Sunday 14 June 2015

Review: San Andreas - Cheesy and ridiculous but hard to dislike

San Andreas
Director: Brad Peyton
Starring: Dwayne Johnson, Carla Gugino, Paul Giamatti
Running time: 114mins
Despite its cringe-making dialogue, predictable story arc, massive plot contrivances, and the cheesiest ending in cinema history, I found it impossible to dislike San Andreas. I’m a sucker for disaster movies – everything from Earthquake to Melancholia – but was nevertheless impressed by the sheer scale and intensity of the destruction so artfully rendered here. Unlike many CGI-heavy films, you can see where every single cent of its $110million budget went.

Dwayne Johnson – charismatic and likeable as always – is Ray, a fearless rescue-chopper pilot. The death of daughter Mallory in an accident has led to the collapse of his marriage to Emma (Carla Gugino), who is now shacked up with oily wrong ’un Daniel (Ioan Gruffudd). Meanwhile, professor of earthquake-related stuff Lawrence (Paul Giamatti) too late realises a super-huge mega-quake is due to strike America’s West Coast – right along the infamous San Andreas fault in fact – and that he must stick around to provide exposition and the occasional grave look to camera. When the ‘Big One’ hits, Ray zips off in his chopper to save Emma, as well as Blake (Alexandra Daddario), his other daughter, who is every bit as plucky as her dad and looks considerably better in a bikini.

I make light of the plot, but there’s real jeopardy and proper tension in many of the scenes here. In the opening 10 minutes, before we even get to the earthquake, we see Johnson and his copter crew attempt the rescue of a young woman whose car has skidded off the road and plunged into a narrow ravine. It’s armrest-gripping, nail-biting stuff filled with moments when you seriously wonder if all concerned aren’t going to meet a very messy end indeed. But director Peyton (who teamed up with Johnson for 2012’s Journey 2: The Mysterious Island) is just setting out his stall at this point, as if to say, “You think this is tense, just you wait…”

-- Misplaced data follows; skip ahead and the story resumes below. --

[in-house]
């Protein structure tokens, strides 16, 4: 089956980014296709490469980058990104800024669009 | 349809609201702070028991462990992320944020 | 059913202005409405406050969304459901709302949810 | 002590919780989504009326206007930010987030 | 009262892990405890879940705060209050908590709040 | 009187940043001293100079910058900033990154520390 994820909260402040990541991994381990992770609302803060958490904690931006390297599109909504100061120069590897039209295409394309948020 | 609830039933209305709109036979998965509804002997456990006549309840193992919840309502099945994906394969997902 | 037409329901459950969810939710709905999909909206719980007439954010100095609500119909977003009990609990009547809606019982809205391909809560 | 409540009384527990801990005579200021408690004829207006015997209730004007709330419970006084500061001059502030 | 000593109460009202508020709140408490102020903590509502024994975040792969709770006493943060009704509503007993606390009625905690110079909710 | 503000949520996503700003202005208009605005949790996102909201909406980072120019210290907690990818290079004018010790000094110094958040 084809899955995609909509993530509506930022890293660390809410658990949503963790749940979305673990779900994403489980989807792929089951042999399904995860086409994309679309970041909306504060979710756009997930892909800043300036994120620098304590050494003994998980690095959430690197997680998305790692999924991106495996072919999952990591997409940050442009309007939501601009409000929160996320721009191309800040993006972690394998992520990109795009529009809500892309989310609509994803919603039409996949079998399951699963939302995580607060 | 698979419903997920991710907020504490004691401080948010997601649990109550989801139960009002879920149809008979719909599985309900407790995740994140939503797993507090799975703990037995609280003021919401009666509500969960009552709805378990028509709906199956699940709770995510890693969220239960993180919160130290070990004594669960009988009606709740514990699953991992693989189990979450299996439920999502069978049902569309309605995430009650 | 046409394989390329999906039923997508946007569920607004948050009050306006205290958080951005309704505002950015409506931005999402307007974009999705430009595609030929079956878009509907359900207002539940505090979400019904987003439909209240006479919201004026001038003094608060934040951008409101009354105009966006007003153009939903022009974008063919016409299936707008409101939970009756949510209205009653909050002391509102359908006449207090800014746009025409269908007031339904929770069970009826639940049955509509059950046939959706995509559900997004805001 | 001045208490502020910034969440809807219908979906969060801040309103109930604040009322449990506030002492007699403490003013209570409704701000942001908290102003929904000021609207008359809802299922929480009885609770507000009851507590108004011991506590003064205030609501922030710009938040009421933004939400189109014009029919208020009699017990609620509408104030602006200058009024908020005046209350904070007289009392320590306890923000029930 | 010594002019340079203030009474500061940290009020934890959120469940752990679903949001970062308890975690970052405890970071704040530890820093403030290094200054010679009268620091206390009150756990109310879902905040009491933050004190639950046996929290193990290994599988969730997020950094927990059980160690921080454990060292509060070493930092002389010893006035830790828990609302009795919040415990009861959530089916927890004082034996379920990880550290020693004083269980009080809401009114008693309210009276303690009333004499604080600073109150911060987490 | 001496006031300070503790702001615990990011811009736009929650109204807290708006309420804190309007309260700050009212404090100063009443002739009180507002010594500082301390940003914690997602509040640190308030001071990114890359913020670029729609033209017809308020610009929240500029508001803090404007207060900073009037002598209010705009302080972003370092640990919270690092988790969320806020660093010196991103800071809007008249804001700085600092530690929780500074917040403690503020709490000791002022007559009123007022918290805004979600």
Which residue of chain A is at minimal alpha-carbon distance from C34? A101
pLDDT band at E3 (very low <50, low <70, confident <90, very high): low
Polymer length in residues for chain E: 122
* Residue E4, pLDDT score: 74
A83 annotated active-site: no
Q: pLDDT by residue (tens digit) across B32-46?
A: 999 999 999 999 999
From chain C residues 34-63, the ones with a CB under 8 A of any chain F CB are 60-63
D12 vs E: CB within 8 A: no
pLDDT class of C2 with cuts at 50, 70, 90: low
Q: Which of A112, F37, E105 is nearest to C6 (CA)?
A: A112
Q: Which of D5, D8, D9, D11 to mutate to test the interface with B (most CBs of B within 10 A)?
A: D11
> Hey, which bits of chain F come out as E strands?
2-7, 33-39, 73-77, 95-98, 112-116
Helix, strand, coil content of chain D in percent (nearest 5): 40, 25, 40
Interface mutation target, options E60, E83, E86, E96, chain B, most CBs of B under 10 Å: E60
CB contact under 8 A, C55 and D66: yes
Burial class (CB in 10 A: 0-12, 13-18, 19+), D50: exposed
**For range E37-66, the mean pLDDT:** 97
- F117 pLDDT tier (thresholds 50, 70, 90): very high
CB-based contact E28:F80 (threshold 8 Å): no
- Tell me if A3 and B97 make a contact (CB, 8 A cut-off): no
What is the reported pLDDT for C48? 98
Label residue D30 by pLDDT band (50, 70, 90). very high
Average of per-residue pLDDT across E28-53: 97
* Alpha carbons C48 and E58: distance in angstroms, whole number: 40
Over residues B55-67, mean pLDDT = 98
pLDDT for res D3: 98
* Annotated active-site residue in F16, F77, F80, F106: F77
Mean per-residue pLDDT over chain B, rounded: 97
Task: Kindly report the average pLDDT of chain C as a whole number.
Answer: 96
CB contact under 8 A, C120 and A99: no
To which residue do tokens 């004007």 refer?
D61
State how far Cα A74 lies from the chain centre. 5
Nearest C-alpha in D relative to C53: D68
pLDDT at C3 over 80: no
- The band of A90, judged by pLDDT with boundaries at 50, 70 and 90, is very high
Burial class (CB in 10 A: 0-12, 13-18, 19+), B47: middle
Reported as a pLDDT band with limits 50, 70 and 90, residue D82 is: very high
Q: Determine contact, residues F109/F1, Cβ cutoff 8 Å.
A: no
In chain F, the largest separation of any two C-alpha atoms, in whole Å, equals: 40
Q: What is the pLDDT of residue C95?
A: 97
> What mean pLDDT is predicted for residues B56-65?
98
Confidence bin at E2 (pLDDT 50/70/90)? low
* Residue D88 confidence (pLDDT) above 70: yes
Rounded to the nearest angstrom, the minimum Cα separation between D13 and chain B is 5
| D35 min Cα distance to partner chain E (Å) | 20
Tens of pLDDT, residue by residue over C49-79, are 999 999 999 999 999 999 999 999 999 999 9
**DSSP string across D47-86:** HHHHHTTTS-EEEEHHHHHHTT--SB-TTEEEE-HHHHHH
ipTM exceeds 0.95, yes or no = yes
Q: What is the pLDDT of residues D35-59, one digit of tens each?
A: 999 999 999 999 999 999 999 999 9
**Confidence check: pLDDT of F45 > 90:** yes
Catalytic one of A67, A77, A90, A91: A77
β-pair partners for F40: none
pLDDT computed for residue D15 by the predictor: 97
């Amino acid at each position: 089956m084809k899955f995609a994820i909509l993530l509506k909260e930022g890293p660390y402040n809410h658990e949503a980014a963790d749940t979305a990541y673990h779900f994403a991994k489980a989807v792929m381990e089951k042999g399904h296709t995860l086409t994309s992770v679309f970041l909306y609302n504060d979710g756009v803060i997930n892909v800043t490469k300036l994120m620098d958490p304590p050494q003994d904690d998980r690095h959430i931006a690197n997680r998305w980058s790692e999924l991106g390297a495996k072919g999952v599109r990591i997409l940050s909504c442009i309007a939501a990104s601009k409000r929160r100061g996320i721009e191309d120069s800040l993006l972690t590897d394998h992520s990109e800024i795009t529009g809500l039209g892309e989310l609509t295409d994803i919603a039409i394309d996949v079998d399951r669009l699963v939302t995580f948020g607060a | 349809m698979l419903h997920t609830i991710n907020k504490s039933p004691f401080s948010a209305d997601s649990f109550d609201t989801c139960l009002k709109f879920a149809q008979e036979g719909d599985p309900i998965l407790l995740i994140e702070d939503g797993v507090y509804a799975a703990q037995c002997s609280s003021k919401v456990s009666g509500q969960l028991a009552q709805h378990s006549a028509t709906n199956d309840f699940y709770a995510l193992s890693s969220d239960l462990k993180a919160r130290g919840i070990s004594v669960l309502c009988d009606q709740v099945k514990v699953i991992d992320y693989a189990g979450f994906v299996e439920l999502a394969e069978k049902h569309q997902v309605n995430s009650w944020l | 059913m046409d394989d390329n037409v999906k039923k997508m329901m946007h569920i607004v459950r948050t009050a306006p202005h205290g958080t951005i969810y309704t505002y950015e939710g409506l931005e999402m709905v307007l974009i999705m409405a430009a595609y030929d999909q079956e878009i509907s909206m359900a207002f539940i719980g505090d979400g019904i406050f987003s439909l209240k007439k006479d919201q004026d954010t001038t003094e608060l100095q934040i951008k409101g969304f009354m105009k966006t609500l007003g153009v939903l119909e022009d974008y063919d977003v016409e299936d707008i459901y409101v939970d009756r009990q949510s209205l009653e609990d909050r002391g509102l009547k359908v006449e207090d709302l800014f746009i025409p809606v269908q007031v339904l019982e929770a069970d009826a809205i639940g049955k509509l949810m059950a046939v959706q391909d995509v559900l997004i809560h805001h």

And, of course, what follows is sequence after sequence packed full of skyscrapers being rent asunder, shattered glass and pulverised concrete raining death and destruction down upon all and sundry, tsunamis as big as houses, the earth splitting open like a burst melon – and a host of beautifully choreographed, nick-of-time escapes for our hero and his family. Peyton really keeps the action moving too, quickly getting Johnson out of his chopper – into a car, into a plane, into a boat – as the story becomes a straight-no-chaser race against time to save his daughter from a watery grave.

I really don’t like 3D – if I wanted to reduce the brightness of something I was watching by 25 per cent, I’d simply wear a veil – so I have no idea how San Andreas looked in that format. In 2D, though, it’s a real feast for the eyes. There’s a scene towards the end of the film when Johnson and Gugino are on a speedboat searching for Blake and it’s like something out of a dystopian sci-fi film in which global warming has melted the polar ice caps and the sea level has risen to engulf even our biggest cities. You really get a sense of the scale and madness of the devastation that has been wrought, and downtown San Francisco – a crumbling, flooded ruin – is the stuff of nightmares. 

San Andreas may be purest hokum and, ultimately, just another paean to the strength of the family (and America) but still I found its appetite for destruction pretty intoxicating.

Rating: WW

San Andreas is in cinemas now


WWWW = Wonderful
WWW = Worthwhile
WW = Watchable
W = Woeful

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